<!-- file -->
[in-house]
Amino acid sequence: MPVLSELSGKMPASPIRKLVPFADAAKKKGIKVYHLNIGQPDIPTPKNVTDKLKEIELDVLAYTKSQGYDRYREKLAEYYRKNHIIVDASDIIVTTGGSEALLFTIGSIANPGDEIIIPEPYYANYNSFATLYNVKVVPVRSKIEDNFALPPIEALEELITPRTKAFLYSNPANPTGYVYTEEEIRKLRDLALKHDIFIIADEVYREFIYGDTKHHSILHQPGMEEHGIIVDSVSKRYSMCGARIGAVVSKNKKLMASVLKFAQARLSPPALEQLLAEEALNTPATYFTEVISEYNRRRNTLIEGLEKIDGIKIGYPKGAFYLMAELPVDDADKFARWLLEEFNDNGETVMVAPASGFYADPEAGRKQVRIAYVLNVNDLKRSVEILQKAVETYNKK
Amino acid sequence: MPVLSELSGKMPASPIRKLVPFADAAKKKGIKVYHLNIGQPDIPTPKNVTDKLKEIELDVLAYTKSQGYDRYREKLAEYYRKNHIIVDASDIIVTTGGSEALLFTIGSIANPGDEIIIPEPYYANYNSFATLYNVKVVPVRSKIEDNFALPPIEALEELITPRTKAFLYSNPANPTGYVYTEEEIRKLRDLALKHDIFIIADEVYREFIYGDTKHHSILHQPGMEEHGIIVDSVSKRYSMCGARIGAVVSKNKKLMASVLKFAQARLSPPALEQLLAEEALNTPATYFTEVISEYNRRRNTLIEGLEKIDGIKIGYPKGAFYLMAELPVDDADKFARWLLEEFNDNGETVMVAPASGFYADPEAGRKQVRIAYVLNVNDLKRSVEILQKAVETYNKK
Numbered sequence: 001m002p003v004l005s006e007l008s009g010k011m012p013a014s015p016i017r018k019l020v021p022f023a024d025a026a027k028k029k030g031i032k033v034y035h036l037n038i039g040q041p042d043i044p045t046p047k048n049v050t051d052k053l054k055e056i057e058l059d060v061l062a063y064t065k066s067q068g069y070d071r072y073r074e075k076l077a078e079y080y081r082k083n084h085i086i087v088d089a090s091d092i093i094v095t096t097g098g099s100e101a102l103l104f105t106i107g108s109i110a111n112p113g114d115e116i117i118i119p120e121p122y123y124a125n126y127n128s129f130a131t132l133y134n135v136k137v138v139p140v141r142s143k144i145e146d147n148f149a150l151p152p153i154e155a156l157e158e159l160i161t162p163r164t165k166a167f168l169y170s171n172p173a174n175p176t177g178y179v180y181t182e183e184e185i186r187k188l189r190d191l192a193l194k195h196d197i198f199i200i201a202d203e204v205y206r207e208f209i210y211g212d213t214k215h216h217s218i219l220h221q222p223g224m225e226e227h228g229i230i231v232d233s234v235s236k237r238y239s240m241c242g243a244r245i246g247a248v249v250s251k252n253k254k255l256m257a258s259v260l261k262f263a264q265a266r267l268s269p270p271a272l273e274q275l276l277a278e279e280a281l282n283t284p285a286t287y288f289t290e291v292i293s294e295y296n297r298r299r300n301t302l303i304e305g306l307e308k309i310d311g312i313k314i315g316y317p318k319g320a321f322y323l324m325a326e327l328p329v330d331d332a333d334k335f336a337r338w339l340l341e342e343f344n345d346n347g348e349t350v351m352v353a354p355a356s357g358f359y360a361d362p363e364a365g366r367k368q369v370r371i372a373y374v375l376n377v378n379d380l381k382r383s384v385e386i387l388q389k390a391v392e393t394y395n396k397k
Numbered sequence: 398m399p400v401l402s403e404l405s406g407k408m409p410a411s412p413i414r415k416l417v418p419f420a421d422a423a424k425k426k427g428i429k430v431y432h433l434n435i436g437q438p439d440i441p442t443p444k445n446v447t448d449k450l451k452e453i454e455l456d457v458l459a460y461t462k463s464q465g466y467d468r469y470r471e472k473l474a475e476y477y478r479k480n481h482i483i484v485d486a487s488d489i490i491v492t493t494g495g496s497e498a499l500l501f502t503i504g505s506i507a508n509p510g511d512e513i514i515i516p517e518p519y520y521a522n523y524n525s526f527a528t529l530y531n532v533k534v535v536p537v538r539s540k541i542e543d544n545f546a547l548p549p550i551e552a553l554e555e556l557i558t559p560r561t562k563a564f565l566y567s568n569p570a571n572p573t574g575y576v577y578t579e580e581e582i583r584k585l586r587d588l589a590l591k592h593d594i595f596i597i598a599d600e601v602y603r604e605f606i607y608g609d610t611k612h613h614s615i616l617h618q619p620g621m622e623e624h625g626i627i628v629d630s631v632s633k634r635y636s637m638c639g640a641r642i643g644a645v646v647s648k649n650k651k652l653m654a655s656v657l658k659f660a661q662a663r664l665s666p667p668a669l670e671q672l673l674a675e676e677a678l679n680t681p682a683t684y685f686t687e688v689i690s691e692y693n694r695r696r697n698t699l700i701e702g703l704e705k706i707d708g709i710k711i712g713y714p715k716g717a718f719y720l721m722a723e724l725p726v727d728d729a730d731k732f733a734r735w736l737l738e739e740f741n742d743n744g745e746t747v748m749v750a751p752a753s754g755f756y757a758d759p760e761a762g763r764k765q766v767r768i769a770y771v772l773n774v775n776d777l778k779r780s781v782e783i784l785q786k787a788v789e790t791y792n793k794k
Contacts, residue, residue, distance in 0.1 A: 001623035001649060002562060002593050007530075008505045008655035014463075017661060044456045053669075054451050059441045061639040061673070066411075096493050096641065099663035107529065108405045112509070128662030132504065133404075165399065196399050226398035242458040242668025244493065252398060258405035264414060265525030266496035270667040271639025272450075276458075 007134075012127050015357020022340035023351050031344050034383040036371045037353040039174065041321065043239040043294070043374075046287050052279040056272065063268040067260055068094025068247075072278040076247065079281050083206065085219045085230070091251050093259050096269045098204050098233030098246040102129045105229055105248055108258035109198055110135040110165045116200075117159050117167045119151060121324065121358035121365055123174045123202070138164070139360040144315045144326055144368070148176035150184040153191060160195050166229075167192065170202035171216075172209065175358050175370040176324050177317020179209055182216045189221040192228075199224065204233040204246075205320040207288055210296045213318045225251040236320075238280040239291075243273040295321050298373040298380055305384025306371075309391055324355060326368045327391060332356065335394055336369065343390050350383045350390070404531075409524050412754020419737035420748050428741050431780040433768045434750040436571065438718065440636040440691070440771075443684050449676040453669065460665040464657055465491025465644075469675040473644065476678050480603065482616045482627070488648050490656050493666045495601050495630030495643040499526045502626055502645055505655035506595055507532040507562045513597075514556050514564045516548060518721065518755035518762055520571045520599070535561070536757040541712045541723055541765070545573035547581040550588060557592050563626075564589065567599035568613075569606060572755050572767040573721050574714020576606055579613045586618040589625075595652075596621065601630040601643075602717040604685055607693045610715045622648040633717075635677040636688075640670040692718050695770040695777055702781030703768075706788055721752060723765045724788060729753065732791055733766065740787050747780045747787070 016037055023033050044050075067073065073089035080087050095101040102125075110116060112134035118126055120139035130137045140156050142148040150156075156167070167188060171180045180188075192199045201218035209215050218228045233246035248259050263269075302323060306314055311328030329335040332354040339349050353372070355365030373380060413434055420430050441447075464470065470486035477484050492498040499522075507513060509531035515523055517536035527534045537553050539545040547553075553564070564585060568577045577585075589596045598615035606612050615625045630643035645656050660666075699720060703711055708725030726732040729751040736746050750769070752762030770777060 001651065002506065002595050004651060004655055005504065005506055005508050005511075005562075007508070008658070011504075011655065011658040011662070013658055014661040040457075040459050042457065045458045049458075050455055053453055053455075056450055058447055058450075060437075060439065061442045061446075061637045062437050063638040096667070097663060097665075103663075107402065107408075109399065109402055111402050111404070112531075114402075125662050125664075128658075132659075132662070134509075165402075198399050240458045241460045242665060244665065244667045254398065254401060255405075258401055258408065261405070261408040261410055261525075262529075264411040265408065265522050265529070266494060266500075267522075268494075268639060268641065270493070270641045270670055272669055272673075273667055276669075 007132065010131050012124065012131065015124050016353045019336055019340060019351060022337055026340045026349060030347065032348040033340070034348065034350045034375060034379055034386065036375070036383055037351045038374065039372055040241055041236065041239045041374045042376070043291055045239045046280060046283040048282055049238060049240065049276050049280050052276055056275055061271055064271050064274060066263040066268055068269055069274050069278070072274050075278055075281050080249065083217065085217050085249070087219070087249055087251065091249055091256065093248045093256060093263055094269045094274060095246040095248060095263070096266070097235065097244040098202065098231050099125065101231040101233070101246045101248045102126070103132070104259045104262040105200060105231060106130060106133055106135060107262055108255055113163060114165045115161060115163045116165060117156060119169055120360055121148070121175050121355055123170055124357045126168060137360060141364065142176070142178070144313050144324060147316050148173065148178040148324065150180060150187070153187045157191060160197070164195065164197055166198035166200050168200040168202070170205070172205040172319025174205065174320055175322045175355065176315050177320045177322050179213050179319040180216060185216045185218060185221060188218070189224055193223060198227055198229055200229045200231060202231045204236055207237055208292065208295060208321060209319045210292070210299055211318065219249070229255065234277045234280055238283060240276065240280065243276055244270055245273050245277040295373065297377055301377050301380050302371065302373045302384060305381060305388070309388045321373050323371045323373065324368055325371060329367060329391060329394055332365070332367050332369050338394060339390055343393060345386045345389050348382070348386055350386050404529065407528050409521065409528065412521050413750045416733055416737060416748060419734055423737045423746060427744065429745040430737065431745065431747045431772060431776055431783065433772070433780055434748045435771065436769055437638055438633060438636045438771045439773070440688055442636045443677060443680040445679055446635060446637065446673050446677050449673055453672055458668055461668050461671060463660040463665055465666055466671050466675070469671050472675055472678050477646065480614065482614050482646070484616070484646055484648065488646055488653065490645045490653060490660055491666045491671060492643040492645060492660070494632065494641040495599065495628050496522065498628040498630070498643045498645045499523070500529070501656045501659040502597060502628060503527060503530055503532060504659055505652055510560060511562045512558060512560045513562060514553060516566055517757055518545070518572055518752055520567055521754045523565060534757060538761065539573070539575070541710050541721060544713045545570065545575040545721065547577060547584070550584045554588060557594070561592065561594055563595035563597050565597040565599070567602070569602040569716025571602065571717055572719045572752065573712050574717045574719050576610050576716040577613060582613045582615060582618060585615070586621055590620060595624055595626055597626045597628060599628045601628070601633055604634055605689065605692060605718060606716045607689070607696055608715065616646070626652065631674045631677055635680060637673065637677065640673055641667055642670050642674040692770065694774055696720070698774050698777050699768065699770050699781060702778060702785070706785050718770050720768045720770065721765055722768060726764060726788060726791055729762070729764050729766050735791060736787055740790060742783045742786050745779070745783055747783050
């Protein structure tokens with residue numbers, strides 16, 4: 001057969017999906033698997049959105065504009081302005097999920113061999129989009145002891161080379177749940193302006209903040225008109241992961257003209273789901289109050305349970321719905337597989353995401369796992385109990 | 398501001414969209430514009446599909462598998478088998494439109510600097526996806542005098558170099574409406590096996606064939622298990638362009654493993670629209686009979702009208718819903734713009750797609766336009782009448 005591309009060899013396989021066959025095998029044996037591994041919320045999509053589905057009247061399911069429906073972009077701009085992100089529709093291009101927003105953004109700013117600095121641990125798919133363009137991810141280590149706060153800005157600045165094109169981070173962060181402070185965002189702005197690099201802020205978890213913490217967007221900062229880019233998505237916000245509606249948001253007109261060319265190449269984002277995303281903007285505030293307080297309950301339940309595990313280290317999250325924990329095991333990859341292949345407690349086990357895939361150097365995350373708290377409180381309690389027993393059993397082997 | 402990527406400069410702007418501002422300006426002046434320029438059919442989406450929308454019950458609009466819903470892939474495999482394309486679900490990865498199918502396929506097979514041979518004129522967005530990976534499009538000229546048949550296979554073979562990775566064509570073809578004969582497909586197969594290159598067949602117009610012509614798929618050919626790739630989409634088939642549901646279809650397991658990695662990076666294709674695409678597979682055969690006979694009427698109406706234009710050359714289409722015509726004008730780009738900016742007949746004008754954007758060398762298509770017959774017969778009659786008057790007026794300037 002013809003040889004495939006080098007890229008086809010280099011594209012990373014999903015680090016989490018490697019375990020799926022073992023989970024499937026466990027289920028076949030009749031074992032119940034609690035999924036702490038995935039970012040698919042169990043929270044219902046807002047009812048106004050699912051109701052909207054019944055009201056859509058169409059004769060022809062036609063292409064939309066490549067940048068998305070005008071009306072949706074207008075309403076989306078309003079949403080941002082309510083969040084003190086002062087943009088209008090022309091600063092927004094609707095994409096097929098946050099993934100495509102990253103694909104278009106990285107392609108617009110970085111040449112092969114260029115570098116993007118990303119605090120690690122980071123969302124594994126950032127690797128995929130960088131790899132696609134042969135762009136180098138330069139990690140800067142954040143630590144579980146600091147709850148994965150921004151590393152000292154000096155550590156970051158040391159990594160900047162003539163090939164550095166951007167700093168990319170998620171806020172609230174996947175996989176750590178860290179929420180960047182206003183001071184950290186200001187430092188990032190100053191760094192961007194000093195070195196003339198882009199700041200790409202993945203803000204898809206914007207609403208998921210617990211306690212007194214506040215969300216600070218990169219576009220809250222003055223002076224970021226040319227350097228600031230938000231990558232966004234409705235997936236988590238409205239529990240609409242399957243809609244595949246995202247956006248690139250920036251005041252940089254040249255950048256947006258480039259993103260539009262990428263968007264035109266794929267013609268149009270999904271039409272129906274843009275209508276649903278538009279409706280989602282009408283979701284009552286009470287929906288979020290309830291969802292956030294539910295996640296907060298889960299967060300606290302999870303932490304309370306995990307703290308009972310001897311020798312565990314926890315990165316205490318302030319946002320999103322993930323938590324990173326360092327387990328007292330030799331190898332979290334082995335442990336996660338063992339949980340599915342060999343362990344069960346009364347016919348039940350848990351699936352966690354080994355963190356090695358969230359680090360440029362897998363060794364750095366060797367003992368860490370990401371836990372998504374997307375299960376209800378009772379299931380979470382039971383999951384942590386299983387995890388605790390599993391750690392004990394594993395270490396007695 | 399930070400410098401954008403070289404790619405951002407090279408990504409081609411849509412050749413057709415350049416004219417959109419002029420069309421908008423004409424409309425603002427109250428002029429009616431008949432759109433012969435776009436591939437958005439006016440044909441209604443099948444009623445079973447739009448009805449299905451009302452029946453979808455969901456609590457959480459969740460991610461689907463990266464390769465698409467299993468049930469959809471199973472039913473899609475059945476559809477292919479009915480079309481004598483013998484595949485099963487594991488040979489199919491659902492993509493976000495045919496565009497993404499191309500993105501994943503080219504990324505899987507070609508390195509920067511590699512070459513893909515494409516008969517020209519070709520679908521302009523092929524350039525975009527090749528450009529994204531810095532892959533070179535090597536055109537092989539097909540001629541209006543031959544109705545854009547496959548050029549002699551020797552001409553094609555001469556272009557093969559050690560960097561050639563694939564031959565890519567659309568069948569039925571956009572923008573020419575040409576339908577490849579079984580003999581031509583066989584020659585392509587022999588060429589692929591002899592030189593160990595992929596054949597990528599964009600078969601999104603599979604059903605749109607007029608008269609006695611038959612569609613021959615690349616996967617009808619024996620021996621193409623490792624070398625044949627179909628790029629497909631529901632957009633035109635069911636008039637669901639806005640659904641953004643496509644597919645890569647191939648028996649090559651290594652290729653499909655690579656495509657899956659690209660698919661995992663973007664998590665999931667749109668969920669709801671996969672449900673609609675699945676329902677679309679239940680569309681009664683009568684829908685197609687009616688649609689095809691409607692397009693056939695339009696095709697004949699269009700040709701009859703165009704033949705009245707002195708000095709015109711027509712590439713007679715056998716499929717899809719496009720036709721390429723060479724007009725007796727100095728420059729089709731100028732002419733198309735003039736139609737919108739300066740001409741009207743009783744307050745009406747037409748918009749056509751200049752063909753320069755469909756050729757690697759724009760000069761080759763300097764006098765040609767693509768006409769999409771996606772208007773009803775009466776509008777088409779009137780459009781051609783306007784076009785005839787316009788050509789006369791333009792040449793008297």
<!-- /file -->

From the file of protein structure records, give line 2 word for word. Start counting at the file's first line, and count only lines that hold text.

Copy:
Amino acid sequence: MPVLSELSGKMPASPIRKLVPFADAAKKKGIKVYHLNIGQPDIPTPKNVTDKLKEIELDVLAYTKSQGYDRYREKLAEYYRKNHIIVDASDIIVTTGGSEALLFTIGSIANPGDEIIIPEPYYANYNSFATLYNVKVVPVRSKIEDNFALPPIEALEELITPRTKAFLYSNPANPTGYVYTEEEIRKLRDLALKHDIFIIADEVYREFIYGDTKHHSILHQPGMEEHGIIVDSVSKRYSMCGARIGAVVSKNKKLMASVLKFAQARLSPPALEQLLAEEALNTPATYFTEVISEYNRRRNTLIEGLEKIDGIKIGYPKGAFYLMAELPVDDADKFARWLLEEFNDNGETVMVAPASGFYADPEAGRKQVRIAYVLNVNDLKRSVEILQKAVETYNKK